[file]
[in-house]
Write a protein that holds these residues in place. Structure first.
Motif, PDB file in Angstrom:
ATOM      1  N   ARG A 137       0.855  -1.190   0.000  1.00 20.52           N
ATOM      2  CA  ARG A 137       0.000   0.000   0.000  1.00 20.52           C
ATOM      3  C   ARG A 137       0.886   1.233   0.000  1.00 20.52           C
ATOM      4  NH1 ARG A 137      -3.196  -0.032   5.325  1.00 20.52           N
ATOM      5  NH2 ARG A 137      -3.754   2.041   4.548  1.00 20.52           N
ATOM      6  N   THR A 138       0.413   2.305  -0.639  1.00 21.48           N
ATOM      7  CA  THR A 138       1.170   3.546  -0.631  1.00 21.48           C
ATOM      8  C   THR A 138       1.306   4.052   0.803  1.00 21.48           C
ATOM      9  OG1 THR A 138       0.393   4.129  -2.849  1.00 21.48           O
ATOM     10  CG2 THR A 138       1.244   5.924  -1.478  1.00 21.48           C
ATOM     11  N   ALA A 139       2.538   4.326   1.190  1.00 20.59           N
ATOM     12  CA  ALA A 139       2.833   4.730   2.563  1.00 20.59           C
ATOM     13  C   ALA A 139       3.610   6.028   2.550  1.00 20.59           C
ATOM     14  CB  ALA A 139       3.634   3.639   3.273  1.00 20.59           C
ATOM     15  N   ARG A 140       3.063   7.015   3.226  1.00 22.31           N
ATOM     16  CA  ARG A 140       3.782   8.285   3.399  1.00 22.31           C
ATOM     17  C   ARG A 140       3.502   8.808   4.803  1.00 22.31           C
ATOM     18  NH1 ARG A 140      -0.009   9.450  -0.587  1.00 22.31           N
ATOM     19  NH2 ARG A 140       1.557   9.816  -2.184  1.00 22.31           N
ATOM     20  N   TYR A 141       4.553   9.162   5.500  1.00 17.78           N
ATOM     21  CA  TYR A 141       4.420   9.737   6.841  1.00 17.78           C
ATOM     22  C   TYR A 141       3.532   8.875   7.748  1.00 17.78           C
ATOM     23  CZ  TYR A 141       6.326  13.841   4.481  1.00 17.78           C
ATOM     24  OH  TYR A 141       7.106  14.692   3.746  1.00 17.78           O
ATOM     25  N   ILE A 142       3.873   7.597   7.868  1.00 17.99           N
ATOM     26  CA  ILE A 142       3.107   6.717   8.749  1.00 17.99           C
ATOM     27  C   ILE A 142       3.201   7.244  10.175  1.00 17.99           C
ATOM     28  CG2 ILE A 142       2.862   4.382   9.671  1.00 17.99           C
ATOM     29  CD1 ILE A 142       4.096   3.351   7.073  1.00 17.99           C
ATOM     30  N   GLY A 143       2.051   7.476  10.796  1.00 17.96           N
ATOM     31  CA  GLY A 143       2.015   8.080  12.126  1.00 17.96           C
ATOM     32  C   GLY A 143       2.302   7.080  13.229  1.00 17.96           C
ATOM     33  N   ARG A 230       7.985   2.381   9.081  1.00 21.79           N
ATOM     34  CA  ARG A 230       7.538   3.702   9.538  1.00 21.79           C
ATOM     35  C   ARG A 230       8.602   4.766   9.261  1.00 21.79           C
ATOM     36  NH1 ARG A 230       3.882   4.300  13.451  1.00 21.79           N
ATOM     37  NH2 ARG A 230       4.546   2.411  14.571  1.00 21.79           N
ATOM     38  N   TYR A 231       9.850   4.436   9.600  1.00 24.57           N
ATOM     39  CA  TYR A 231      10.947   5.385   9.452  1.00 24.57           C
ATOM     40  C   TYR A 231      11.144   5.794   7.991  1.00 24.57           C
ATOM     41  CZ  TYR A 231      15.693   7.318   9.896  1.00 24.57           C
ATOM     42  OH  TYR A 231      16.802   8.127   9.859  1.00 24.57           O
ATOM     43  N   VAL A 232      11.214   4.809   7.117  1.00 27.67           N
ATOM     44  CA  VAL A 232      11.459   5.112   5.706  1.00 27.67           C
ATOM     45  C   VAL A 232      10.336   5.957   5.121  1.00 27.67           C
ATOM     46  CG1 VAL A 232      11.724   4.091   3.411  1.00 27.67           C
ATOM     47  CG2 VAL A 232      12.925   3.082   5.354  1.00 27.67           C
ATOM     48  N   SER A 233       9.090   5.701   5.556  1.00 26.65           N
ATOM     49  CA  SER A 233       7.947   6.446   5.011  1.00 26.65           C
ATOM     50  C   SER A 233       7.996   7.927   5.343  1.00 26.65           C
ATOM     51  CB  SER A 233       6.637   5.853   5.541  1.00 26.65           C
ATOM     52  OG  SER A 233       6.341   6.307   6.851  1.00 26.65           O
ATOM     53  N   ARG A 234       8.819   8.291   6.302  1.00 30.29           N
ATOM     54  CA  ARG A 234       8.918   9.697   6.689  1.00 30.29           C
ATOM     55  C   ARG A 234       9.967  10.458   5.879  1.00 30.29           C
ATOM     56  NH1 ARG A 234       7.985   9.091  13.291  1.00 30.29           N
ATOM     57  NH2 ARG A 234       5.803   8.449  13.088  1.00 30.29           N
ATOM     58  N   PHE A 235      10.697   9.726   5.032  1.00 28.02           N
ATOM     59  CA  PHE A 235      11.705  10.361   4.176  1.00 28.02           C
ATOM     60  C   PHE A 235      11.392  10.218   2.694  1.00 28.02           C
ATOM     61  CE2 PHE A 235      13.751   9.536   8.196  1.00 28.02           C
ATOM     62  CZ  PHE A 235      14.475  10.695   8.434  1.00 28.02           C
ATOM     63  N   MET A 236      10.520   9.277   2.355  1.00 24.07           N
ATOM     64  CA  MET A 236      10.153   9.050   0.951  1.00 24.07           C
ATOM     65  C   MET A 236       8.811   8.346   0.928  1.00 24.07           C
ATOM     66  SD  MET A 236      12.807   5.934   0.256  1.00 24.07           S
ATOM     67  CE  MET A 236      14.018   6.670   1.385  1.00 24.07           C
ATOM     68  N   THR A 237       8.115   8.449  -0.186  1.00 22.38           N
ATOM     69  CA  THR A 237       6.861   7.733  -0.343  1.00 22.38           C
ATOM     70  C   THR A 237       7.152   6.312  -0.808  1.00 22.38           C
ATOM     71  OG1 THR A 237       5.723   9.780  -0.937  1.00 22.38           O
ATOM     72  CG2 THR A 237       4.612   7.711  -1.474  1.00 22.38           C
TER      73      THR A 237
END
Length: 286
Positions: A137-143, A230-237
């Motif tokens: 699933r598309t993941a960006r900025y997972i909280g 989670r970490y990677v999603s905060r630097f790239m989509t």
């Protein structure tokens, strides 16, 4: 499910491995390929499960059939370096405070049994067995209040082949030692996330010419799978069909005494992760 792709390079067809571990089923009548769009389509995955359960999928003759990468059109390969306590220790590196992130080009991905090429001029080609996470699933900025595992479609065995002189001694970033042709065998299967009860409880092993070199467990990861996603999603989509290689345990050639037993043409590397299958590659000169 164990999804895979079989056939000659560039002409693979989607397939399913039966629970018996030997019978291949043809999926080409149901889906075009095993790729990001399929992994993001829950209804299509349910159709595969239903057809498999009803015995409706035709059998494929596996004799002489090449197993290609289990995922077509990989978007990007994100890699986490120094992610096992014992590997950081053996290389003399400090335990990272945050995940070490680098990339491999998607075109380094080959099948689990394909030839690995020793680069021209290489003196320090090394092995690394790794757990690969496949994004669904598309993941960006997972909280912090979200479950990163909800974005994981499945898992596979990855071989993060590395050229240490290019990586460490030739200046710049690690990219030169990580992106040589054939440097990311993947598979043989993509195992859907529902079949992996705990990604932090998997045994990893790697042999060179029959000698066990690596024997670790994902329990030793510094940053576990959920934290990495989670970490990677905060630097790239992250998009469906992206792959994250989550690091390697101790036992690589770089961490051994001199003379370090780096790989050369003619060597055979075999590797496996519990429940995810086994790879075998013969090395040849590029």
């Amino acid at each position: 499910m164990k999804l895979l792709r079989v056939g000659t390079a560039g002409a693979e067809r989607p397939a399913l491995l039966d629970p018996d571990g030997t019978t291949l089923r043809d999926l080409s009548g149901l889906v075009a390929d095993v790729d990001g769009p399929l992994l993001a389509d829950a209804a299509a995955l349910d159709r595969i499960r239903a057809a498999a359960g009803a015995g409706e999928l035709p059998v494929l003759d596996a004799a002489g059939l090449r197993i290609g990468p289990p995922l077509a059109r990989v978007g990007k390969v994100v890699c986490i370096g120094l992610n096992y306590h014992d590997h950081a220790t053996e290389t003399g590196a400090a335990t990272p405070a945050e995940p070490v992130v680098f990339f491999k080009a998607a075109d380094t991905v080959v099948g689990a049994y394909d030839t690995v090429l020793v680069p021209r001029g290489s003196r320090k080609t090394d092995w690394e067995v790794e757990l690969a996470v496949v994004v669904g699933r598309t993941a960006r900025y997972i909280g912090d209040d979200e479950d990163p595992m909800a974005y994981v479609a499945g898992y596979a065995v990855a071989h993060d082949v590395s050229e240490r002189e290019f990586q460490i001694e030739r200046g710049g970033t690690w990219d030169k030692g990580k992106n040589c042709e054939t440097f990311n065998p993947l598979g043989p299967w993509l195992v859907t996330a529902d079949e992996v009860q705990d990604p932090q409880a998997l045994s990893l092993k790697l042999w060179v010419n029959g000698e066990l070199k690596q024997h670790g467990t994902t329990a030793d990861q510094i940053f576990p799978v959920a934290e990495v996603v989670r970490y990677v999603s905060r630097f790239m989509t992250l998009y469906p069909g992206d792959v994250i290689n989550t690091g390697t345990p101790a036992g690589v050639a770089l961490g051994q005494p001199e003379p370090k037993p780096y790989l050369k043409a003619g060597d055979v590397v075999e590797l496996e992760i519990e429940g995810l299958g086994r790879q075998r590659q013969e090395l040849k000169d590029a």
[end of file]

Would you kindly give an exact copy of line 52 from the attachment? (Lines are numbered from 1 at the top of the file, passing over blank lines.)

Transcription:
ATOM     49  CA  SER A 233       7.947   6.446   5.011  1.00 26.65           C